First published on the Mail & Guardian.
Banks and finance companies are doing a better job than other sectors in fulfilling their social responsibilities, according to a new study, “Keeping Good Company”.
It draws on the results of a 2011 nationwide survey of what South Africans see as the most important issues affecting society and how they believe the private sector should respond. It also reveals which products consumers feel need to be more responsible and finds evidence that some consumers will decide what to buy based on environmental and social criteria.
“Our results show a strong interest among the public for products that are environmentally and socially responsible, plus a willingness to act through their purchases. “However, compared with other countries, South Africans are less specific about the issues they want companies to focus on. This presents an opportunity for businesses to help define corporate responsibility, innovate and differentiate themselves in the marketplace,” says Louise Gardiner, the managing director of First Principles Sustainability Services, which conducted the study.
The survey explored areas critical to enhancing trust in business. It canvassed 1 000 people from both urban and rural areas, across living standards measure groups one to 10. Education and training stood out as the top issue that companies should address in their corporate citizenship efforts. A large number of respondents also pointed to crime and security, poverty and health as areas where companies could make a contribution.
“Overall, local companies seem to be getting their corporate citizenship efforts right, particularly when they prioritise education initiatives and employment equity. For many sectors, though, this isn’t enough if a company’s core products and services are still perceived as not fulfilling responsibilities to society,” says Gardiner.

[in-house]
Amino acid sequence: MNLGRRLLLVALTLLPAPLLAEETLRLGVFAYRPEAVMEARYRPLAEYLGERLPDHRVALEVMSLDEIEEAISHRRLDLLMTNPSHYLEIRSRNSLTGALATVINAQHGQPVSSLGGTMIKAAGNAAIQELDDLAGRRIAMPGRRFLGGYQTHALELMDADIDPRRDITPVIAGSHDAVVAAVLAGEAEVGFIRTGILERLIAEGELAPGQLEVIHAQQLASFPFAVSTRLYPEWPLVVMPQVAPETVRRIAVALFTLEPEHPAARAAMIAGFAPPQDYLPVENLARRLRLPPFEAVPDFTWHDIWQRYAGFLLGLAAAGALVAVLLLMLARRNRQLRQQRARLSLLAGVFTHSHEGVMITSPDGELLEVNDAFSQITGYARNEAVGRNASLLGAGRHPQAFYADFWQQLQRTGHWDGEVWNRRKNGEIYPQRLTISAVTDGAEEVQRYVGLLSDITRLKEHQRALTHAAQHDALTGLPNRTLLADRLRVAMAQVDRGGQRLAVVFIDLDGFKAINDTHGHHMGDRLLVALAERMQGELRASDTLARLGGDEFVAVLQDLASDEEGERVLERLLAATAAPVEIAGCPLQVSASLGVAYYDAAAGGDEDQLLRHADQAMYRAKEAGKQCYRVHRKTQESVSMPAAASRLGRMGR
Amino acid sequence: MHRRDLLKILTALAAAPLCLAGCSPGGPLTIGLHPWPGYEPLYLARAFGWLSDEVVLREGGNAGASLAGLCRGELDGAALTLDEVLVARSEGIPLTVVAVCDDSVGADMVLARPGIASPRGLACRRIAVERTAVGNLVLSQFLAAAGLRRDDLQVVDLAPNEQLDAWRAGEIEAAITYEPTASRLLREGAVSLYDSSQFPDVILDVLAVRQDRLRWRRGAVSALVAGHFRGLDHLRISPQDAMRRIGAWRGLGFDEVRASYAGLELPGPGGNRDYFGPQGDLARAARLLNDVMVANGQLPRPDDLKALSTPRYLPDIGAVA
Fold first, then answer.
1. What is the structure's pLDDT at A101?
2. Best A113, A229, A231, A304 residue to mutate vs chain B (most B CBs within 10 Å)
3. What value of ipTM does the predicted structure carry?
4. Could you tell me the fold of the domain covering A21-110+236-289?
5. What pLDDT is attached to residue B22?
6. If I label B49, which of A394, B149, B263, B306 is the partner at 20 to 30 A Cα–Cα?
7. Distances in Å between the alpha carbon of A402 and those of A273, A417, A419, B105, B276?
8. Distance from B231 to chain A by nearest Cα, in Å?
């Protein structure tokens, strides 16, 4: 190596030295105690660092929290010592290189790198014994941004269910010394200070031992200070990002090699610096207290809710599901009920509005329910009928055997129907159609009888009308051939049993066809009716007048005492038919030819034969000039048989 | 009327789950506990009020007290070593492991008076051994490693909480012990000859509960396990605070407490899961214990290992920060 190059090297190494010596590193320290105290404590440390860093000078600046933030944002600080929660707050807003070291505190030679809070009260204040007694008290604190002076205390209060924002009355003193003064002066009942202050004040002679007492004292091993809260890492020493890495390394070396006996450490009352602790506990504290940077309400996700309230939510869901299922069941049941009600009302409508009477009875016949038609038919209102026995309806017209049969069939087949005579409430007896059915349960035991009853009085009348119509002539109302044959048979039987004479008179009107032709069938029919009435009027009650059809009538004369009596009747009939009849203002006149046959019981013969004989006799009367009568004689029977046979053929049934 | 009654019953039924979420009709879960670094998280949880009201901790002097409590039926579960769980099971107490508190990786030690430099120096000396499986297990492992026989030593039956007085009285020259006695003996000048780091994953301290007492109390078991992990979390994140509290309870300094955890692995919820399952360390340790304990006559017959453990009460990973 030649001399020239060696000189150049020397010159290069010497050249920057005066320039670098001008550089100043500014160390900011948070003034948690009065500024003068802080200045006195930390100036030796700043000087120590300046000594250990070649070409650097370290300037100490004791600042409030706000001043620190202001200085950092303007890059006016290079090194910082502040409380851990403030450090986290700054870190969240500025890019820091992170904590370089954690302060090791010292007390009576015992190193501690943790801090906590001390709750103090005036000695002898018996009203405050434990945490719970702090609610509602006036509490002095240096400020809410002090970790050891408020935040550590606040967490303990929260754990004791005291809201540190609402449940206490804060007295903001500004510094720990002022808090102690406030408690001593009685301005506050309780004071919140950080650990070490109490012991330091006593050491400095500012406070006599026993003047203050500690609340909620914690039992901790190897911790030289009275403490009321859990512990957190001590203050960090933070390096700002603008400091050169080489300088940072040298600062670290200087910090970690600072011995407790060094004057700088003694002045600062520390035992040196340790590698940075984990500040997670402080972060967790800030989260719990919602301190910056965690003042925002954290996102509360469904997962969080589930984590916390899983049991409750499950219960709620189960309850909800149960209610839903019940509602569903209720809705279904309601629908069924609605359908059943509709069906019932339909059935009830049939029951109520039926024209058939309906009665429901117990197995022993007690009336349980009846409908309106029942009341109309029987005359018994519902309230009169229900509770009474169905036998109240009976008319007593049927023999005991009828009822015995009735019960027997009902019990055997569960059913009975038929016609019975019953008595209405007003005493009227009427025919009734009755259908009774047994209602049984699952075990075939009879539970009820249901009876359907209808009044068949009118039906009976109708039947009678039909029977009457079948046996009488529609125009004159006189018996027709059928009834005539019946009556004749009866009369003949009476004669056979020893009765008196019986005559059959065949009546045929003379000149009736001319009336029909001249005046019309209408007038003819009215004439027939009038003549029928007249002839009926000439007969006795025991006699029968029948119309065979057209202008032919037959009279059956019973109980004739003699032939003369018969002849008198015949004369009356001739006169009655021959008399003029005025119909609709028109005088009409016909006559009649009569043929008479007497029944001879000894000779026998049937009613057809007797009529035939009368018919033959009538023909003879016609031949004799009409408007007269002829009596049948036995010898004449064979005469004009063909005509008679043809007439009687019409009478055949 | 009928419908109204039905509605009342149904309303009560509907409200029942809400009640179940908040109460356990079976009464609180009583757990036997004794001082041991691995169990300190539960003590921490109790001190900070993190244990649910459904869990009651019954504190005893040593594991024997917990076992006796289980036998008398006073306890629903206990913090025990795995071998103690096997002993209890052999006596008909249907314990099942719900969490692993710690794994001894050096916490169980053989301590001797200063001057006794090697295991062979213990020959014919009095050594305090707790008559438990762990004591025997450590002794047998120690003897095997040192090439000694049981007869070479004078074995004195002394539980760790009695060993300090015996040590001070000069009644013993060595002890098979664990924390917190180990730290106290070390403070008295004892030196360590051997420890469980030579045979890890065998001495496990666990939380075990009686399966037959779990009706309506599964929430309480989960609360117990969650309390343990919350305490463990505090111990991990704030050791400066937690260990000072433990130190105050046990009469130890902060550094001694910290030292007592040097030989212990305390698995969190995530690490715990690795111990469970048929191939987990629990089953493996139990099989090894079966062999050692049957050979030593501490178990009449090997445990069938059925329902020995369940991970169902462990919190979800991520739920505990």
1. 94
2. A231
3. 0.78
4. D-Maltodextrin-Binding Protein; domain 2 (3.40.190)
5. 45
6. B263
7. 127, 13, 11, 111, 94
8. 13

Fifty percent of the respondents rated banks and finance companies as “among the very best”, compared with 42% for telecommunications companies and media companies. Tobacco and alcohol companies have the worst reputations when it comes to corporate citizenship. Twenty-one percent of respondents said tobacco companies were “among the very worst”, and beer companies received the next worst rating (15%), followed by alcohol beverage companies generally (12%).
Mining companies received the largest “indifferent” rating (24%) and the petroleum industry received the most mixed views, with 28% of respondents perceiving their performance as average. Just fewer than half of those surveyed said they had considered rewarding a company they believed was socially responsible and 20% had done so in the past year.
They also had higher expectations for “operational responsibilities” than “citizenship responsibilities”. This means that consumers want to know about how products are sourced and produced, in addition to companies showing they have invested in the community, says the study.
Professor Mervyn King, the author of the King III report on corporate responsibility and sustainability, says the research demonstrates that the customer wants more eco-friendly products. “This requires business leaders to change their mind-sets about carrying on business as usual, otherwise they will not be meeting the legitimate interests and expectations of their company’s stakeholders,” King says.
The survey was part of global research carried out in more than 25 countries led by international research consultancy GlobeScan Incorporated. “South Africans stand out … in a few ways. They are among the most likely in the world to [have] a high degree of expectation for companies to treat employees fairly and they also express above-average levels of empowerment to shape corporate behaviour through their actions as consumers,” says Chris Coulter, senior vice-president.